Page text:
What Does the State of Texas Consider a Family?
In Texas, the term ‘family’ is construed broader than a group people related by blood, marriage, or adoption. It may include a:
- Current or former spouse
- Child of a current or former spouse
- A person with whom you have a child or children
- Foster child or foster parent
- Any person with whom you have a dating relationship
- The spouse of a family member
What Does the State of Texas Consider a Household?
Crimes of family violence in Texas can include any member of a household. This term refers to a unit composed of persons living together in the same dwelling, without regard to whether they are related to each other.
What Does the State of Texas Consider a “Dating Relationship”?
Texas law defines a “dating relationship” as one that is, or was, ongoing and of a romantic or intimate nature. The existence of such a relationship is determined based on consideration of the length of the relationship, the nature of the relationship, and the frequency and type of interaction between the persons involved in the relationship.”
Who Commits Family Violence?
According to The Department of Family and Protective Services, most family violence perpetrators in Texas are men. However, any person can be charged and convicted of family violence. This includes men, women, teens, and even children.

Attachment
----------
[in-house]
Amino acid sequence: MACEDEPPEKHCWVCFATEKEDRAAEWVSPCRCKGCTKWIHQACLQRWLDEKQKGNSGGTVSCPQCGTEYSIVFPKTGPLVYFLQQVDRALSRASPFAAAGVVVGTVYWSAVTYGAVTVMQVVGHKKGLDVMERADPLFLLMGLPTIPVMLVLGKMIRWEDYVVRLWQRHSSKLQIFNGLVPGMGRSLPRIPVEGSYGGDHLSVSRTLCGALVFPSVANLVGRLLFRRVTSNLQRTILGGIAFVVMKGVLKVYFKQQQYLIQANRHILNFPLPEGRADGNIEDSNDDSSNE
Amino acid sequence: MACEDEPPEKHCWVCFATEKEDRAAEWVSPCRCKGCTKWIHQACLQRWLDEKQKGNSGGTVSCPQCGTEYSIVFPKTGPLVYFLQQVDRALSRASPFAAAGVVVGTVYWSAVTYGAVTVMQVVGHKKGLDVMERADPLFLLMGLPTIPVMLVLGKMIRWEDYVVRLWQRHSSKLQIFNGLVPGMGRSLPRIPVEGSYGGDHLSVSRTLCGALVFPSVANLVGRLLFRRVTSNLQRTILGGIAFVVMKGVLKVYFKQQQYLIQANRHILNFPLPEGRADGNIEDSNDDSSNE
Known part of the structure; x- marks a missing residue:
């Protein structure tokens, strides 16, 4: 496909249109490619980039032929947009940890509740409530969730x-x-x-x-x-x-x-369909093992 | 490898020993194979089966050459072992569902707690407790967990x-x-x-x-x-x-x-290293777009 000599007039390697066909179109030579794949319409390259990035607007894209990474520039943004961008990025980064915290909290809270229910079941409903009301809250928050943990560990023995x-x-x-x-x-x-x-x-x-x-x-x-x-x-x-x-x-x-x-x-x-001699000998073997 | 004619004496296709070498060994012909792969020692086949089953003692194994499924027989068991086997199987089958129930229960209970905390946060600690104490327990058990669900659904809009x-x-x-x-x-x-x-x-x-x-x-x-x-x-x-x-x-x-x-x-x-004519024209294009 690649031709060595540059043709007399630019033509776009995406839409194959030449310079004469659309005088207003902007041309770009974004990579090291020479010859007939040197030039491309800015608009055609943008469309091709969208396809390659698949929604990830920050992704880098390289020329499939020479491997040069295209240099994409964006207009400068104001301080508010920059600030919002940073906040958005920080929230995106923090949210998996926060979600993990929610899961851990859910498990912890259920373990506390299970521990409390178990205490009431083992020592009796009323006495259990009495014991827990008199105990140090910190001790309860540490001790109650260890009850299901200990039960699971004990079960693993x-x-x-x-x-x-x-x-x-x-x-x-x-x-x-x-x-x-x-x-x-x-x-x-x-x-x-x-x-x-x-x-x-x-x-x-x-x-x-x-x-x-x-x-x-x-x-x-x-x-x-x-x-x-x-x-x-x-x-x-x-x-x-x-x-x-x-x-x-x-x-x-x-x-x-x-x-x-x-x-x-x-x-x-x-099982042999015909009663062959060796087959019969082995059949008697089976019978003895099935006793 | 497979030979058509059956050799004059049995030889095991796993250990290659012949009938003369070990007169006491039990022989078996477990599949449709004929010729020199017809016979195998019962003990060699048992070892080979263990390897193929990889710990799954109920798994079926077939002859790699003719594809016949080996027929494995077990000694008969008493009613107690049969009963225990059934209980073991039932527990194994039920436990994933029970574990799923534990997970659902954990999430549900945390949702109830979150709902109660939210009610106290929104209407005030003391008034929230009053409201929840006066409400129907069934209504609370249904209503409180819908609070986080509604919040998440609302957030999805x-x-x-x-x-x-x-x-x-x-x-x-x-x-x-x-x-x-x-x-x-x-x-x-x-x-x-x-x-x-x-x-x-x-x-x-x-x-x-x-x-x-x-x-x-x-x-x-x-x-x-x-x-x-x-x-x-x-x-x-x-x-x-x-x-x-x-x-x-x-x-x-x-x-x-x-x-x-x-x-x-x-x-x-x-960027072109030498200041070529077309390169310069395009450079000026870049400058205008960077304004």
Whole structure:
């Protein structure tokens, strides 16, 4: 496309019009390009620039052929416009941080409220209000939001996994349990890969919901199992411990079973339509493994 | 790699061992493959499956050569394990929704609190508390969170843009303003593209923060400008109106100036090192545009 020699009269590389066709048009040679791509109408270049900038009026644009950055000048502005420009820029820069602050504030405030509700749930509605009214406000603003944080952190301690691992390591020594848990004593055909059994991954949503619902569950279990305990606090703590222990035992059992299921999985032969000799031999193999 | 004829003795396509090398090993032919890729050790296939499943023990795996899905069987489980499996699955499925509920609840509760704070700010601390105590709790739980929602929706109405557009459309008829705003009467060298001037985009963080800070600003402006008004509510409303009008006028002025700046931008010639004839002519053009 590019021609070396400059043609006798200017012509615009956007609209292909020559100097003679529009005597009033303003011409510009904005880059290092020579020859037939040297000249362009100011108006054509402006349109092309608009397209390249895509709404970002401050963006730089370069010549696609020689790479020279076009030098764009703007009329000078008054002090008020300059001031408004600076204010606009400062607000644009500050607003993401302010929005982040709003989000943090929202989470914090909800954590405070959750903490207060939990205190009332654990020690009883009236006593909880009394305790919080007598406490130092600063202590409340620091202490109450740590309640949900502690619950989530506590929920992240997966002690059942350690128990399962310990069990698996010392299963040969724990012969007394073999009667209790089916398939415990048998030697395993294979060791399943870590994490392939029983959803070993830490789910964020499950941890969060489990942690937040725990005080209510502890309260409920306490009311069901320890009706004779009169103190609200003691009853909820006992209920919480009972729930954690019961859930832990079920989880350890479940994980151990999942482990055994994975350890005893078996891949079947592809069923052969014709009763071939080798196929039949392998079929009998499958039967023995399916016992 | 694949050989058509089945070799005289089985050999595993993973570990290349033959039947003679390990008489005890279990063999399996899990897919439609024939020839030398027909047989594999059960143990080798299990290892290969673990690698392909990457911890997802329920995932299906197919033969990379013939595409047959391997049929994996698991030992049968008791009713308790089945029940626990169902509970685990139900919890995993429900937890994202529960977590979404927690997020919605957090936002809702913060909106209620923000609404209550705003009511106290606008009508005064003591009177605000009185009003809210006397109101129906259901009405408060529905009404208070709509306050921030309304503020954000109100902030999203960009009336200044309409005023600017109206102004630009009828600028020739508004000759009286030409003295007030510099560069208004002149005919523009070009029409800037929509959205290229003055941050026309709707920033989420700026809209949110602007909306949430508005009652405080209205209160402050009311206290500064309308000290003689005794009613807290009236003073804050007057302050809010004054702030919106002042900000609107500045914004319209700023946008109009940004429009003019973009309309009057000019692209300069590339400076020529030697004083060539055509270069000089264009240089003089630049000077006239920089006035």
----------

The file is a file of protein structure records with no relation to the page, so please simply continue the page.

Effect of domestic violence
How Can Family Violence Affect Victims?
While the immediate concern is for any physical injuries, family violence can leave substantial mental and emotional scars. Victims may suffer from depression, anxiety, and low self-esteem. They are also at increased risk of addiction to drugs and alcohol to cope with their experiences’ trauma. Victims may also suffer economic hardship due to missing work due to injury or the threat of violence.
Witnessing family violence can also have a severe impact on child development. Children who witness family violence may experience dramatic emotional changes. They may become more fearful or angry. They may also have difficulty sleeping or focusing in school. Long term effects may include seeking drugs or alcohol to cope with the trauma of their experiences. They are also more likely to struggle to make friends, may enter or seek out abusive relationships, and are at an increased risk of suicide. Many witnesses of family violence suffer detrimental trauma and will need counseling and mental health care.
What is Family and Domestic Violence?
In Texas, family violence and domestic violence are crimes carrying severe punishments under the law. These crimes, as listed in TX Penal Code Ch 71.004 include:
- Acts that threaten physical harm or bodily injury
- Acts that put the victim in reasonable fear of imminent physical harm or bodily injury
- Acts intended to result in physical harm or bodily injury
- Assault, aggravated assault, or sexual assault
- Continuous violence against the family; and
- Abuse of a child
These crimes constitute family or domestic violence if committed against a family member, member of the household, or a person the offender currently has or has had an ongoing dating relationship.